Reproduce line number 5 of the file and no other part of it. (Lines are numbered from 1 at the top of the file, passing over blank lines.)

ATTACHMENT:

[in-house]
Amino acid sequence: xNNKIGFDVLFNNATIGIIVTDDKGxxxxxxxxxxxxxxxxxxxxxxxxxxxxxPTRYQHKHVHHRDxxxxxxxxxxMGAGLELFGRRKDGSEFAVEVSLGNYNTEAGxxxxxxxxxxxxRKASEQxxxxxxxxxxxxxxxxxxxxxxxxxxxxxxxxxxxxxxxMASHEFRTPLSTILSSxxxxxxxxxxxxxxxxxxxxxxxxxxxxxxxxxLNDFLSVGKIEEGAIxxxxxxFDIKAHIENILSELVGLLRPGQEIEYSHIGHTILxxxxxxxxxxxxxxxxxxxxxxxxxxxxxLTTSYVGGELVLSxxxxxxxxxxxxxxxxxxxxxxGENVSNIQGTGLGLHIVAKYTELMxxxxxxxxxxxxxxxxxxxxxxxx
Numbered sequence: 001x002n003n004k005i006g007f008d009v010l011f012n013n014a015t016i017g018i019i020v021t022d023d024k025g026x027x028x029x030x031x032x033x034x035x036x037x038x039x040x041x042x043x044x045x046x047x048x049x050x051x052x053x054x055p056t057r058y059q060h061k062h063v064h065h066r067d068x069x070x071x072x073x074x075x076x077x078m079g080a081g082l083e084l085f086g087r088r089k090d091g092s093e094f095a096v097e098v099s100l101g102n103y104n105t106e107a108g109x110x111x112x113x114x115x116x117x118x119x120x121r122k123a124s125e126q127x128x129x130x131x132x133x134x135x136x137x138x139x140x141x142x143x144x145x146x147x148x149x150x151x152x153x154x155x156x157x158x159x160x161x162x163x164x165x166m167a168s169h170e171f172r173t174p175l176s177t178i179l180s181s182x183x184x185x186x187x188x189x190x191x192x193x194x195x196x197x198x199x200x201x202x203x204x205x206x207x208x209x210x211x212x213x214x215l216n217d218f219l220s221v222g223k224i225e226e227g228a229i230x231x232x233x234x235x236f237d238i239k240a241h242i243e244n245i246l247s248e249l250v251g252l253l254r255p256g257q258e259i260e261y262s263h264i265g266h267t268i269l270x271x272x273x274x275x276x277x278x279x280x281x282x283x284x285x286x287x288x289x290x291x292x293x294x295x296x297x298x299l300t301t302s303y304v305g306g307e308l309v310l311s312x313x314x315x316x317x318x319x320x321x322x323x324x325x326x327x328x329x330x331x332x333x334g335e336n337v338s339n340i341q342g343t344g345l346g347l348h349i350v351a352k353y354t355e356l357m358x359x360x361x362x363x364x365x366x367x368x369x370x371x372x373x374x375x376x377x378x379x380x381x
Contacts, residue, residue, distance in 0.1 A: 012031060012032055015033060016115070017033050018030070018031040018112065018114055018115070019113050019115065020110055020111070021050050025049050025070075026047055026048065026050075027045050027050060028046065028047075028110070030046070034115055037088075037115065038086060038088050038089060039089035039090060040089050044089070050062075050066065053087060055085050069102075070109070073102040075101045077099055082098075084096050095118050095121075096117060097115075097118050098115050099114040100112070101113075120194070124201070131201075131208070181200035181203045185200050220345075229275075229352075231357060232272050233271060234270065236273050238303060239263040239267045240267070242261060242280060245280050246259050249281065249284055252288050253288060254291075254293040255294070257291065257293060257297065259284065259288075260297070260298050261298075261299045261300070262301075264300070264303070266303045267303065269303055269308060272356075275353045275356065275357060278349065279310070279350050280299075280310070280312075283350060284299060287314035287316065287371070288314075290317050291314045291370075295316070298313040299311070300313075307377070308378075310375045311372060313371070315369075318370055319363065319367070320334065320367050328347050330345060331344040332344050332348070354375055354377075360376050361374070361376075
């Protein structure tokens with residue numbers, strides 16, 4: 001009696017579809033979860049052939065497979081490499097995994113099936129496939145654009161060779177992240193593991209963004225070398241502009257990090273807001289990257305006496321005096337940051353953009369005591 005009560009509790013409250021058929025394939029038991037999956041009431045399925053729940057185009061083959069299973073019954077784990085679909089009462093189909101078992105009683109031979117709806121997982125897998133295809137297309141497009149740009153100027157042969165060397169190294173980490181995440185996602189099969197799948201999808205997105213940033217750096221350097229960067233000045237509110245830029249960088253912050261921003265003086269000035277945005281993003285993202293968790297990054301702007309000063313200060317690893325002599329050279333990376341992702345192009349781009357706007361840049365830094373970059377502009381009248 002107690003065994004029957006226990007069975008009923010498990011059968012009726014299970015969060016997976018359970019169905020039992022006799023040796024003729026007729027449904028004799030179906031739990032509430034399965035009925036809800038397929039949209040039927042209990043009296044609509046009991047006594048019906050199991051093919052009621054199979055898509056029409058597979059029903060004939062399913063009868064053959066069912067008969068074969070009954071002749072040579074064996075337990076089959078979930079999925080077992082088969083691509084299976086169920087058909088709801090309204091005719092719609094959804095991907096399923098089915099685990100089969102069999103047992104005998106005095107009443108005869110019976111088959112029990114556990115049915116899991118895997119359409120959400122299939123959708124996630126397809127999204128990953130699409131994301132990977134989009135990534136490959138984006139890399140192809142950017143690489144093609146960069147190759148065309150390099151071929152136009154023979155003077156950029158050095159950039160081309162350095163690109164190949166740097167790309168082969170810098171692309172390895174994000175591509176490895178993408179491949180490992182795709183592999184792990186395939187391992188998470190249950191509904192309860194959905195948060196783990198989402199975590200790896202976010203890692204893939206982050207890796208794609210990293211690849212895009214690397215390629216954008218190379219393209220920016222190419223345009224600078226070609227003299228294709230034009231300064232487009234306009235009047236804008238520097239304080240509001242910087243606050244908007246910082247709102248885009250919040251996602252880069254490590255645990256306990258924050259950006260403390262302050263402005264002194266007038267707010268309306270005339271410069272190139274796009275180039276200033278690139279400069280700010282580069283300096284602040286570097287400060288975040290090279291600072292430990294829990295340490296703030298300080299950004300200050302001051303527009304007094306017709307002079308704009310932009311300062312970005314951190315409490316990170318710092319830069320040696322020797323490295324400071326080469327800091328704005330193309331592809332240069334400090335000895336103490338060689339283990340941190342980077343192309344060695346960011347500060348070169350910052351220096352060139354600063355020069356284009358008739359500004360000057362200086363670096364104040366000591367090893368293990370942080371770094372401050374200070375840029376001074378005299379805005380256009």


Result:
């Protein structure tokens with residue numbers, strides 16, 4: 001009696017579809033979860049052939065497979081490499097995994113099936129496939145654009161060779177992240193593991209963004225070398241502009257990090273807001289990257305006496321005096337940051353953009369005591 005009560009509790013409250021058929025394939029038991037999956041009431045399925053729940057185009061083959069299973073019954077784990085679909089009462093189909101078992105009683109031979117709806121997982125897998133295809137297309141497009149740009153100027157042969165060397169190294173980490181995440185996602189099969197799948201999808205997105213940033217750096221350097229960067233000045237509110245830029249960088253912050261921003265003086269000035277945005281993003285993202293968790297990054301702007309000063313200060317690893325002599329050279333990376341992702345192009349781009357706007361840049365830094373970059377502009381009248 002107690003065994004029957006226990007069975008009923010498990011059968012009726014299970015969060016997976018359970019169905020039992022006799023040796024003729026007729027449904028004799030179906031739990032509430034399965035009925036809800038397929039949209040039927042209990043009296044609509046009991047006594048019906050199991051093919052009621054199979055898509056029409058597979059029903060004939062399913063009868064053959066069912067008969068074969070009954071002749072040579074064996075337990076089959078979930079999925080077992082088969083691509084299976086169920087058909088709801090309204091005719092719609094959804095991907096399923098089915099685990100089969102069999103047992104005998106005095107009443108005869110019976111088959112029990114556990115049915116899991118895997119359409120959400122299939123959708124996630126397809127999204128990953130699409131994301132990977134989009135990534136490959138984006139890399140192809142950017143690489144093609146960069147190759148065309150390099151071929152136009154023979155003077156950029158050095159950039160081309162350095163690109164190949166740097167790309168082969170810098171692309172390895174994000175591509176490895178993408179491949180490992182795709183592999184792990186395939187391992188998470190249950191509904192309860194959905195948060196783990198989402199975590200790896202976010203890692204893939206982050207890796208794609210990293211690849212895009214690397215390629216954008218190379219393209220920016222190419223345009224600078226070609227003299228294709230034009231300064232487009234306009235009047236804008238520097239304080240509001242910087243606050244908007246910082247709102248885009250919040251996602252880069254490590255645990256306990258924050259950006260403390262302050263402005264002194266007038267707010268309306270005339271410069272190139274796009275180039276200033278690139279400069280700010282580069283300096284602040286570097287400060288975040290090279291600072292430990294829990295340490296703030298300080299950004300200050302001051303527009304007094306017709307002079308704009310932009311300062312970005314951190315409490316990170318710092319830069320040696322020797323490295324400071326080469327800091328704005330193309331592809332240069334400090335000895336103490338060689339283990340941190342980077343192309344060695346960011347500060348070169350910052351220096352060139354600063355020069356284009358008739359500004360000057362200086363670096364104040366000591367090893368293990370942080371770094372401050374200070375840029376001074378005299379805005380256009």